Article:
Copy, Back Up Your PC's Drive With Ease

Drive-imaging utilities from PowerQuest and Acronis can work within Windows

By Lincoln Spector

Drive imaging, the best way to back up your entire hard drive for disaster recovery, used to require rebooting to DOS. New software now allows you to do much of the chore in Windows. I looked at shipping versions of Drive Image 2002, from longtime contender PowerQuest, and True Image Deluxe, a new entrant in the field from Acronis.

For Drive Image 2002 ($70), PowerQuest substantially overhauled its predecessor, version 5, though the new version remains backward-compatible. New features include LAN support and a scheduler with a great new option. After scheduling an image creation, you may tell the scheduler to wait until you shut Windows down to run Drive Image. When you instruct your PC to shut down, a small program that monitors Windows then proceeds to launch Drive Image.

Best of all, Drive Image has partitioning capabilities. This is important because the easiest place to put an image of your hard drive is onto the hard drive itself--but that requires a second partition. In contrast, True Image Deluxe, $50, doesn't include this.

Though less versatile than Drive Image, True Image is a cheaper, easier-to-use imaging tool. Both programs support CD-R, CD-RW, Iomega's Zip and Jaz, and other storage devices; both run in Windows; and both come with a bootable, non-Windows environment for situations where running in Windows isn't practical.

You can interact completely with Drive Image from inside Windows (version 5 offered limited Windows usability). But if you tell it to back up or restore the system partition (the one containing your Windows folder, probably your C:\ partition), the program will have to exit Windows, reboot, do the backup (or restore), and then reboot your system. For other partitions, Drive Image can do its backup and restoration from inside Windows.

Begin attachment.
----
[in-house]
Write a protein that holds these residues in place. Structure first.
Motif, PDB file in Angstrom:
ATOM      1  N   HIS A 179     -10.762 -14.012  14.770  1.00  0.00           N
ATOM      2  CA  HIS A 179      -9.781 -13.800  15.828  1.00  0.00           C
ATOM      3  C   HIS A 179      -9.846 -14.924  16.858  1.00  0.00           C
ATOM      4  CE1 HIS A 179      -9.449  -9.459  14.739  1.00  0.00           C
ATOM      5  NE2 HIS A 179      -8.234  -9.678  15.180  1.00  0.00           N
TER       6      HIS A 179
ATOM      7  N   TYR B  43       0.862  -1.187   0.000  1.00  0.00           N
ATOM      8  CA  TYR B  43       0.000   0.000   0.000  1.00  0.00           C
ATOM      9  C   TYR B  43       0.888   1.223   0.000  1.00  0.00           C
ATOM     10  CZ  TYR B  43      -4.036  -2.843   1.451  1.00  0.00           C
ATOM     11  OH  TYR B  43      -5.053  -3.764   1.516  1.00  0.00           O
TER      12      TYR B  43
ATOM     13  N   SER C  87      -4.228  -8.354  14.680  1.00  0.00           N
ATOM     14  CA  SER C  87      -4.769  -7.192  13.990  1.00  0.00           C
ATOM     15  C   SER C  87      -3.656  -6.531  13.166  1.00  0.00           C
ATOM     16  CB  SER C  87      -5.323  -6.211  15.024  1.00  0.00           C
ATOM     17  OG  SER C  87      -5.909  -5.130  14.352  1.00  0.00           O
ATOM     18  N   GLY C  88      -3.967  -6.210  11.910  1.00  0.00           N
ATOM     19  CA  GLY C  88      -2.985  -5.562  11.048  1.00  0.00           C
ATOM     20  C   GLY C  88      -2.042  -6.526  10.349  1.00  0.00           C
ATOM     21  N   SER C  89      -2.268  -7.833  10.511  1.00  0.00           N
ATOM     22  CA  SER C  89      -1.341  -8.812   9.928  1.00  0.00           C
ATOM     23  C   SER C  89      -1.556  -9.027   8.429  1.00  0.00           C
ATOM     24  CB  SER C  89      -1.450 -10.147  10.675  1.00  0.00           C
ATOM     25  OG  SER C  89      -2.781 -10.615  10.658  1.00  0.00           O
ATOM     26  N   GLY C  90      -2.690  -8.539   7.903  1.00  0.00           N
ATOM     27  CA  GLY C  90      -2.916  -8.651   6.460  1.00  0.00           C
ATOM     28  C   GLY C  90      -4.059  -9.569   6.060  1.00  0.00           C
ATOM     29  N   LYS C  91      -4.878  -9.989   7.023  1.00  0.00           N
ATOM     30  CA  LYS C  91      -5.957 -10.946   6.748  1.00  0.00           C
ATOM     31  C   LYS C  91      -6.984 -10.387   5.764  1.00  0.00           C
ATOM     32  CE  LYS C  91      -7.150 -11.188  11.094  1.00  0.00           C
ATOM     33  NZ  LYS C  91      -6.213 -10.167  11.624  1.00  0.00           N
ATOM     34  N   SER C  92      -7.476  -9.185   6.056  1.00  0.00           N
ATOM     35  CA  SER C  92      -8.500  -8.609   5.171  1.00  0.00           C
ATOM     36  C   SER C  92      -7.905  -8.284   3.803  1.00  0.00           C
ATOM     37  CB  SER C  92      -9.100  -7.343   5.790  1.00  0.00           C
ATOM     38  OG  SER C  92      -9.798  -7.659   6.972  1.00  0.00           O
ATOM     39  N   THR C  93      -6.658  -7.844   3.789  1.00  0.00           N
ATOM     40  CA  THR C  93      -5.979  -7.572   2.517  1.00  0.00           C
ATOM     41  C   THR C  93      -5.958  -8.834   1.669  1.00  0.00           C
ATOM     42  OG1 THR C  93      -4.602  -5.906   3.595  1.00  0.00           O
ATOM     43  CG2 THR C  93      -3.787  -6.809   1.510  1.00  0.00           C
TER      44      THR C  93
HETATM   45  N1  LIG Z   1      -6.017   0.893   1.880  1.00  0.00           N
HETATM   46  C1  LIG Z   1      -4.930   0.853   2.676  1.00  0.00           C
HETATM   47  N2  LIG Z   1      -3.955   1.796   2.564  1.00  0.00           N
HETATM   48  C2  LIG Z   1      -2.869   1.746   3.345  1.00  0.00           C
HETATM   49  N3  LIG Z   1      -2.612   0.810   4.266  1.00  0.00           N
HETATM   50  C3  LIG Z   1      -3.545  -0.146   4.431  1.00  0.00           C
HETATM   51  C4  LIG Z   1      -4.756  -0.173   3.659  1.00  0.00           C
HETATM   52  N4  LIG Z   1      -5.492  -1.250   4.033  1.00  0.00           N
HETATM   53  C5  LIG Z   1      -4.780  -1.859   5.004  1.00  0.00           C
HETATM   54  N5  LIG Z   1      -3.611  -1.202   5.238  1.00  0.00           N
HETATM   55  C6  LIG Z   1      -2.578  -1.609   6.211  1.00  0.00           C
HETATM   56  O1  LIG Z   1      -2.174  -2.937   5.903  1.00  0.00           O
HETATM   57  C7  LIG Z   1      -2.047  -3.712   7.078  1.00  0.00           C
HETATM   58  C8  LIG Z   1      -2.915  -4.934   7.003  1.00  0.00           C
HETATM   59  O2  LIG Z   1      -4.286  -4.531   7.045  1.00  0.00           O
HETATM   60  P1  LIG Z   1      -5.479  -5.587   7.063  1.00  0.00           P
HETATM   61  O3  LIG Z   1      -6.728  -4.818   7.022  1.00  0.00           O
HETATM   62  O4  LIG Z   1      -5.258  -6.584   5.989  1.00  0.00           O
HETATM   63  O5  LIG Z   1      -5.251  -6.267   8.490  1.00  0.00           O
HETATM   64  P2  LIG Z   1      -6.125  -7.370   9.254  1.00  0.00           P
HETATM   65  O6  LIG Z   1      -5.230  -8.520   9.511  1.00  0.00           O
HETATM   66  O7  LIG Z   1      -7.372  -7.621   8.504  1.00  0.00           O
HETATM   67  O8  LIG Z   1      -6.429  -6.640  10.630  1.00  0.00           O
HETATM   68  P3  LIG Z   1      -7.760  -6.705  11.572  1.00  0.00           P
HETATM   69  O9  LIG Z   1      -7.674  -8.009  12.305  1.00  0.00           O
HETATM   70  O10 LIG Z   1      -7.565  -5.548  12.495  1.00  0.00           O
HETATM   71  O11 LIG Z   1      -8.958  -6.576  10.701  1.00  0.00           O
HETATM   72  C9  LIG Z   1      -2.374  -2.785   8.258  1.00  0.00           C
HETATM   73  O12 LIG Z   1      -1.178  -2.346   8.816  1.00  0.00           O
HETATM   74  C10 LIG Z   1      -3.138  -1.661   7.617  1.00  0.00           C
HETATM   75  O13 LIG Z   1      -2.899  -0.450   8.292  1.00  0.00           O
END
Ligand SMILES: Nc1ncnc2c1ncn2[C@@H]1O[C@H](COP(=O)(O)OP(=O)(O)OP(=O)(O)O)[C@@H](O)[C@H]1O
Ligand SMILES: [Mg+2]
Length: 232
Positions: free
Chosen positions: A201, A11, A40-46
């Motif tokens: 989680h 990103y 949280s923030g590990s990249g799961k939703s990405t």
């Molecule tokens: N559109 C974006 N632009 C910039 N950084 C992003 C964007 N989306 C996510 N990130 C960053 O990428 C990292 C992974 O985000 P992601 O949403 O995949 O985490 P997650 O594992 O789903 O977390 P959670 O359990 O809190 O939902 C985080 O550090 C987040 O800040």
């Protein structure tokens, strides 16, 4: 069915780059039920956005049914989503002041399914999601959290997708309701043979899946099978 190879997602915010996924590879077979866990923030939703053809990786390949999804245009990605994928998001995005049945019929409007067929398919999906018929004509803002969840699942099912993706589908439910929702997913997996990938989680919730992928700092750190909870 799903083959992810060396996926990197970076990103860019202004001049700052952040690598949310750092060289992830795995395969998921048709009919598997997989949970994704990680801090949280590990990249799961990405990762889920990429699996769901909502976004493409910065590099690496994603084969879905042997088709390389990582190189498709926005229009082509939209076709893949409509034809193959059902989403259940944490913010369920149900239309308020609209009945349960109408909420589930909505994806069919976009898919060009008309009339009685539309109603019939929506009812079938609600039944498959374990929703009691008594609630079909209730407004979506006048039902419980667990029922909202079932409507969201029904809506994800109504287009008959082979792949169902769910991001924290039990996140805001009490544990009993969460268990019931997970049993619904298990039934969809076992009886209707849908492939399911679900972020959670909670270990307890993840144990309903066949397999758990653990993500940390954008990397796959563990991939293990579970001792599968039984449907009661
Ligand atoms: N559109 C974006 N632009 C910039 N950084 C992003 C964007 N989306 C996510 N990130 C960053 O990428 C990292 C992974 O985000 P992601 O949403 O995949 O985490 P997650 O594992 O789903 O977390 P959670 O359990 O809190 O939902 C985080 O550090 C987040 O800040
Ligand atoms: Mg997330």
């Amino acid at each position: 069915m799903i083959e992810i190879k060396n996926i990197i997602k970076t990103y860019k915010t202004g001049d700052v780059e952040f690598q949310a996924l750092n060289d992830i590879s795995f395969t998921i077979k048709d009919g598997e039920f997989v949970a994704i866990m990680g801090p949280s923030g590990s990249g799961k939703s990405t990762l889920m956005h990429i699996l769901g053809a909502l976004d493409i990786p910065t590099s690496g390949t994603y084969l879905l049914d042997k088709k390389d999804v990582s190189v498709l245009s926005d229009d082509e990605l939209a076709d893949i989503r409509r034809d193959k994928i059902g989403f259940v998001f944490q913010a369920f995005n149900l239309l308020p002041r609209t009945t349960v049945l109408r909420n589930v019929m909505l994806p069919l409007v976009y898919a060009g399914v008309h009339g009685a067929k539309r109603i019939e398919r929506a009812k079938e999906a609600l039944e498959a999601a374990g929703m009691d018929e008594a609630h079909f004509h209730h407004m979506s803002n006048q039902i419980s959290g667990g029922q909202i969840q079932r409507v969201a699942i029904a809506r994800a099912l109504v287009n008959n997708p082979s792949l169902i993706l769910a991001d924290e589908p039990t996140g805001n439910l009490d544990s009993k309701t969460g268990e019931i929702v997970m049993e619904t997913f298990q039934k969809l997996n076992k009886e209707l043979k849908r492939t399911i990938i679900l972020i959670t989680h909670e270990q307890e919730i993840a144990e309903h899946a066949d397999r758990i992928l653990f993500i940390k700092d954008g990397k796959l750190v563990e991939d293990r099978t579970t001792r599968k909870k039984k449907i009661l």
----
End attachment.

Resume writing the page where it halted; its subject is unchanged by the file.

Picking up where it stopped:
For its part, True Image can back up the system partition while Windows is running, but it must exit Windows if you ever need to restore the C:\ partition.

Neither program is hard to use, but True Image is slightly easier--both because it relies more completely on wizards and because it offers fewer options. Unfortunately, one missing option is quite important: True Image can't verify the quality of a backup. As a result, you may not know that a backup is bad until you try to restore it. This drawback alone should make you think twice about buying this software.

True Image isn't so simple to use when you try to restore an image from multiple discs. It's not clear which CD you should put in first. And when it's time to insert another CD, you're told: 'The drive is not ready. A possible reason may be poor media quality'. That's not a comforting message to receive if you're recovering from a disaster. Acronis may correct True Image Deluxe's problems in some future version, but until then the $20 extra for Drive Image 2002 is clearly money well spent.

From the August 2002 issue of PC World magazine

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